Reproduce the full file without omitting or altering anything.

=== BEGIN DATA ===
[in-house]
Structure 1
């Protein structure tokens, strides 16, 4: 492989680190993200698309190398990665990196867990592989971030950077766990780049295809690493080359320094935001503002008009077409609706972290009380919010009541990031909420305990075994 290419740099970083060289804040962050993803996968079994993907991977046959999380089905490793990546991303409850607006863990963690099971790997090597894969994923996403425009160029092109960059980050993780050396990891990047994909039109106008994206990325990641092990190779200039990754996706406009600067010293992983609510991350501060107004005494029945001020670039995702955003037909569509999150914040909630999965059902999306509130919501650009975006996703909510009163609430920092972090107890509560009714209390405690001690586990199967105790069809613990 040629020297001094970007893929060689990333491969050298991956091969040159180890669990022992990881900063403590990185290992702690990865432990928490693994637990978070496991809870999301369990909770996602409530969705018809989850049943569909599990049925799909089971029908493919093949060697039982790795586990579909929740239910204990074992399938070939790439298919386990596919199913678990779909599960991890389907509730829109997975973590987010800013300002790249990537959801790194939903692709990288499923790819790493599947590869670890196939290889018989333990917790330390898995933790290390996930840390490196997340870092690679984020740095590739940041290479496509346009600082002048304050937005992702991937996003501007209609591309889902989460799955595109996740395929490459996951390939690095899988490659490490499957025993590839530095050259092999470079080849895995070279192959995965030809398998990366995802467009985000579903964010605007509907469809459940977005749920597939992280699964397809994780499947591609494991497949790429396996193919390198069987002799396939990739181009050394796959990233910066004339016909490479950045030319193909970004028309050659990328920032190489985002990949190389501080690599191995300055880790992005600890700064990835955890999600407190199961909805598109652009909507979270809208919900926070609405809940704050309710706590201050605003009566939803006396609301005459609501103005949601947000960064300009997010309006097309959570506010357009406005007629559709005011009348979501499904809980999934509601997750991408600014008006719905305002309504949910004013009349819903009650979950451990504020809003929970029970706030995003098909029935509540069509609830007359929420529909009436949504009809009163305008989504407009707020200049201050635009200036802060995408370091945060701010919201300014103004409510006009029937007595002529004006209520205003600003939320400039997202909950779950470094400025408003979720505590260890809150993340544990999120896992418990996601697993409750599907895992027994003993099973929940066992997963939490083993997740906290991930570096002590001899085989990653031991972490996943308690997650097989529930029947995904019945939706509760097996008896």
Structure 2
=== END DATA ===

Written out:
[in-house]
Structure 1
């Protein structure tokens, strides 16, 4: 492989680190993200698309190398990665990196867990592989971030950077766990780049295809690493080359320094935001503002008009077409609706972290009380919010009541990031909420305990075994 290419740099970083060289804040962050993803996968079994993907991977046959999380089905490793990546991303409850607006863990963690099971790997090597894969994923996403425009160029092109960059980050993780050396990891990047994909039109106008994206990325990641092990190779200039990754996706406009600067010293992983609510991350501060107004005494029945001020670039995702955003037909569509999150914040909630999965059902999306509130919501650009975006996703909510009163609430920092972090107890509560009714209390405690001690586990199967105790069809613990 040629020297001094970007893929060689990333491969050298991956091969040159180890669990022992990881900063403590990185290992702690990865432990928490693994637990978070496991809870999301369990909770996602409530969705018809989850049943569909599990049925799909089971029908493919093949060697039982790795586990579909929740239910204990074992399938070939790439298919386990596919199913678990779909599960991890389907509730829109997975973590987010800013300002790249990537959801790194939903692709990288499923790819790493599947590869670890196939290889018989333990917790330390898995933790290390996930840390490196997340870092690679984020740095590739940041290479496509346009600082002048304050937005992702991937996003501007209609591309889902989460799955595109996740395929490459996951390939690095899988490659490490499957025993590839530095050259092999470079080849895995070279192959995965030809398998990366995802467009985000579903964010605007509907469809459940977005749920597939992280699964397809994780499947591609494991497949790429396996193919390198069987002799396939990739181009050394796959990233910066004339016909490479950045030319193909970004028309050659990328920032190489985002990949190389501080690599191995300055880790992005600890700064990835955890999600407190199961909805598109652009909507979270809208919900926070609405809940704050309710706590201050605003009566939803006396609301005459609501103005949601947000960064300009997010309006097309959570506010357009406005007629559709005011009348979501499904809980999934509601997750991408600014008006719905305002309504949910004013009349819903009650979950451990504020809003929970029970706030995003098909029935509540069509609830007359929420529909009436949504009809009163305008989504407009707020200049201050635009200036802060995408370091945060701010919201300014103004409510006009029937007595002529004006209520205003600003939320400039997202909950779950470094400025408003979720505590260890809150993340544990999120896992418990996601697993409750599907895992027994003993099973929940066992997963939490083993997740906290991930570096002590001899085989990653031991972490996943308690997650097989529930029947995904019945939706509760097996008896």
Structure 2